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AU - Eaton, J. E.

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AU - Locke, G. R.

AU - Bharucha, Adil Eddie

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N2 - Background: Defecatory disorders (DD) are defined by clinical and objective features of impaired rectal evacuation. The epidemiology of DD in the population is unknown, partly because many constipated patients do not undergo anorectal tests. Our objectives were to estimate the incidence rate and clinical features of DD in the community. Methods: We reviewed the medical records of all patients older than 16 years in Olmsted County, MN, who had constipation and underwent anorectal manometry from 1999 through 2008. Criteria for diagnosing DD were constipation for 6 months or longer and one of the following: (i) abnormal rectal balloon expulsion test; (ii) reduced or increased perineal descent; or (iii) two or more abnormal features with defecography or surface electromyography. Key Results: Of 11 112 constipated patients, 516 had undergone anorectal tests; 245 of these (209 women, 36 men) had a DD. The mean (±SD) age at diagnosis was 44 years (±18) among women and 49 years (±19) among men. The overall age- and sex-adjusted incidence rate per 100 000 person-years was 19.3 (95% CI: 16.8-21.8). The age-adjusted incidence per 100 000 person-years was greater (p <0.0001) in women (31.8, 95% CI: 27.4-36.1) than in men (6.6, 95% CI: 4.4-8.9). Prior to the diagnosis of DD, nearly 30% of patients had irritable bowel syndrome (IBS), 48% had a psychiatric diagnosis, 18% had a history of abuse, and 21% reported urinary and/or fecal incontinence. Conclusions & Inferences: Among constipated patients, DD are fourfold more common in women than men and often associated with IBS and psychiatric diagnoses.

AB - Background: Defecatory disorders (DD) are defined by clinical and objective features of impaired rectal evacuation. The epidemiology of DD in the population is unknown, partly because many constipated patients do not undergo anorectal tests. Our objectives were to estimate the incidence rate and clinical features of DD in the community. Methods: We reviewed the medical records of all patients older than 16 years in Olmsted County, MN, who had constipation and underwent anorectal manometry from 1999 through 2008. Criteria for diagnosing DD were constipation for 6 months or longer and one of the following: (i) abnormal rectal balloon expulsion test; (ii) reduced or increased perineal descent; or (iii) two or more abnormal features with defecography or surface electromyography. Key Results: Of 11 112 constipated patients, 516 had undergone anorectal tests; 245 of these (209 women, 36 men) had a DD. The mean (±SD) age at diagnosis was 44 years (±18) among women and 49 years (±19) among men. The overall age- and sex-adjusted incidence rate per 100 000 person-years was 19.3 (95% CI: 16.8-21.8). The age-adjusted incidence per 100 000 person-years was greater (p <0.0001) in women (31.8, 95% CI: 27.4-36.1) than in men (6.6, 95% CI: 4.4-8.9). Prior to the diagnosis of DD, nearly 30% of patients had irritable bowel syndrome (IBS), 48% had a psychiatric diagnosis, 18% had a history of abuse, and 21% reported urinary and/or fecal incontinence. Conclusions & Inferences: Among constipated patients, DD are fourfold more common in women than men and often associated with IBS and psychiatric diagnoses.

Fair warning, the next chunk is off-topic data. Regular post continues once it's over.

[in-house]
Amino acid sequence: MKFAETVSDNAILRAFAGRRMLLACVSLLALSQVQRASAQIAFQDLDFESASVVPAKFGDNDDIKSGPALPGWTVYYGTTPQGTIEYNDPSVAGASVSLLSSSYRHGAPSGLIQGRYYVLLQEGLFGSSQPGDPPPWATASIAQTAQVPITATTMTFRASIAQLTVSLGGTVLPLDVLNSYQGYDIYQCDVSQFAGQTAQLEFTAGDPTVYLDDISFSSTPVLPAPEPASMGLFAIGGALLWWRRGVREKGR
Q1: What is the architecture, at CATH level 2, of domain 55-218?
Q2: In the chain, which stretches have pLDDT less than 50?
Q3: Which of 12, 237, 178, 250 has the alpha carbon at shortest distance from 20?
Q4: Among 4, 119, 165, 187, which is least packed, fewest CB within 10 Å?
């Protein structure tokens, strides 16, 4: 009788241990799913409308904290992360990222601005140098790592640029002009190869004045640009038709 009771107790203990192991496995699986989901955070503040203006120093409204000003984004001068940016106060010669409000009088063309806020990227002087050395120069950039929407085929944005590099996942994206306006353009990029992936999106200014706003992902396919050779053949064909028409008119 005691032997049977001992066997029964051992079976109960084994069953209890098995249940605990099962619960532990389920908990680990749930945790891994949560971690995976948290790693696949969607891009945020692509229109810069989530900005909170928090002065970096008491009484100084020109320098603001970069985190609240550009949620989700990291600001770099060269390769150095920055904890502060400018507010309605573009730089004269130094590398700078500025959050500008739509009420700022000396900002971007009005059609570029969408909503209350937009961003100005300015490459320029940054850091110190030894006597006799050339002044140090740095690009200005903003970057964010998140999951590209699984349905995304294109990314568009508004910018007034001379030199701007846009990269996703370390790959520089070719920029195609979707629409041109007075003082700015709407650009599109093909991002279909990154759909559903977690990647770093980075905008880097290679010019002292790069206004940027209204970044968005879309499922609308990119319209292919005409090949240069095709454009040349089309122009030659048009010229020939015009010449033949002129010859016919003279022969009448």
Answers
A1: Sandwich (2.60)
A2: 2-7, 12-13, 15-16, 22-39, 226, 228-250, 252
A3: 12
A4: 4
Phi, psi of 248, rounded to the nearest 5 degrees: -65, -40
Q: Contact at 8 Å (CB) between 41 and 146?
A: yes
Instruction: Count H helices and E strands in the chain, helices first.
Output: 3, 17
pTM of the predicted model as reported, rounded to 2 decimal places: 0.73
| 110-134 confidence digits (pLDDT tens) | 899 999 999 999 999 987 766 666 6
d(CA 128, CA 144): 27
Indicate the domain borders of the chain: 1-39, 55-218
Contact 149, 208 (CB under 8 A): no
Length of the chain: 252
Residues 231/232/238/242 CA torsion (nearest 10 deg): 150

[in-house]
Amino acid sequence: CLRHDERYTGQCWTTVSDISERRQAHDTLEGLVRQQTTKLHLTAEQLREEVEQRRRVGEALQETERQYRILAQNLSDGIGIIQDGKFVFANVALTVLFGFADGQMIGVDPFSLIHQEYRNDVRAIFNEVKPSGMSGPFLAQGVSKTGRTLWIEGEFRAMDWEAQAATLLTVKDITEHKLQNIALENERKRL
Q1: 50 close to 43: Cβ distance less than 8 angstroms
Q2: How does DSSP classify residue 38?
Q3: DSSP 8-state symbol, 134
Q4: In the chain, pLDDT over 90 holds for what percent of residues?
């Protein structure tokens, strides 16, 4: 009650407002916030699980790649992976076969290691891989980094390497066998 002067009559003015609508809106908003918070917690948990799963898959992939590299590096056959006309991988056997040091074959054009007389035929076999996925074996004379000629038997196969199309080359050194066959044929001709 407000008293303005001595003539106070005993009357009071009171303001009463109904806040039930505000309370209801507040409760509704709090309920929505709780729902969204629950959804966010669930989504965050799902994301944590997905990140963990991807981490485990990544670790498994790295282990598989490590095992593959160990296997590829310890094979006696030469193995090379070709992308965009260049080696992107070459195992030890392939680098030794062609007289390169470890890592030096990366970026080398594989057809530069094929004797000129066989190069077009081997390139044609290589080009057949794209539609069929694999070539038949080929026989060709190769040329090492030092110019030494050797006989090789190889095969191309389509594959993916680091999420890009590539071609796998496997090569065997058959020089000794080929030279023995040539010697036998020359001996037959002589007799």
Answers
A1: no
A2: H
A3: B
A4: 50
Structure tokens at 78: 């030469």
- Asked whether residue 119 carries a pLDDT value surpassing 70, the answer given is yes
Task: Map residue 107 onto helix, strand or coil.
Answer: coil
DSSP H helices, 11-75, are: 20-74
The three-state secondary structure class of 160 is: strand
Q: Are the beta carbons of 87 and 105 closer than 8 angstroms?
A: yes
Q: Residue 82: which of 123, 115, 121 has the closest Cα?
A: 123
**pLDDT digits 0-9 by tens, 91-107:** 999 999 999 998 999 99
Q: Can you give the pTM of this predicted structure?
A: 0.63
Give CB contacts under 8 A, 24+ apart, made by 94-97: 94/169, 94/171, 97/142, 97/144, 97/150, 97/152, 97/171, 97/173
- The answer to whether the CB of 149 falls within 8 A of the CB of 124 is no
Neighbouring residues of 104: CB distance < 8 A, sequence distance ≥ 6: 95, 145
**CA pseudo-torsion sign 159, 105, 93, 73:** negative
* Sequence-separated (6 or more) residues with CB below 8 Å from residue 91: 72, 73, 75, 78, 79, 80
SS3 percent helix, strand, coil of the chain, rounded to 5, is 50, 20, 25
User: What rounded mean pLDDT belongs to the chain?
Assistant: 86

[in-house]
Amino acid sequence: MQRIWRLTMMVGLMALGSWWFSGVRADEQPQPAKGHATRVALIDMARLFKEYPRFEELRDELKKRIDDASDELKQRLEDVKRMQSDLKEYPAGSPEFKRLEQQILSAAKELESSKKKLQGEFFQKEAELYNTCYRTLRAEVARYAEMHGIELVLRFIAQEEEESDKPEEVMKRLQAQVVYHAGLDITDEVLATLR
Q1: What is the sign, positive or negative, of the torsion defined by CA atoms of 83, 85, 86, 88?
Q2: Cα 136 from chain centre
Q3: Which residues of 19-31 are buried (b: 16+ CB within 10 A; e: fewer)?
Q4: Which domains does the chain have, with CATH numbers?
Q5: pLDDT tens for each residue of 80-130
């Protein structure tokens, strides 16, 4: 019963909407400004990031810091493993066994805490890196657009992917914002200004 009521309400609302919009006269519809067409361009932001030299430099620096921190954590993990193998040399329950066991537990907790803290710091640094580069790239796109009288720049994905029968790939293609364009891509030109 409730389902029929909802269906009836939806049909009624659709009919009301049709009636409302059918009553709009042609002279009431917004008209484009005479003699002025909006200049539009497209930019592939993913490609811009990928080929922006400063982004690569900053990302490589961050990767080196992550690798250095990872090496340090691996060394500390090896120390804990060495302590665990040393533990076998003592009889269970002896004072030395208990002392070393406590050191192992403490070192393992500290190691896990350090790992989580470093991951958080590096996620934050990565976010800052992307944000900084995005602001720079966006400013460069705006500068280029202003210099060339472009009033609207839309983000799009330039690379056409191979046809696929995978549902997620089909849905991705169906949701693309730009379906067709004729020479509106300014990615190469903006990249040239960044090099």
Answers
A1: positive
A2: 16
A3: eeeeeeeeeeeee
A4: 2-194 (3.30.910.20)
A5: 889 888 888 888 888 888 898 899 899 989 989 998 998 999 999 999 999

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KW - Defecation

KW - Defecography

KW - Incidence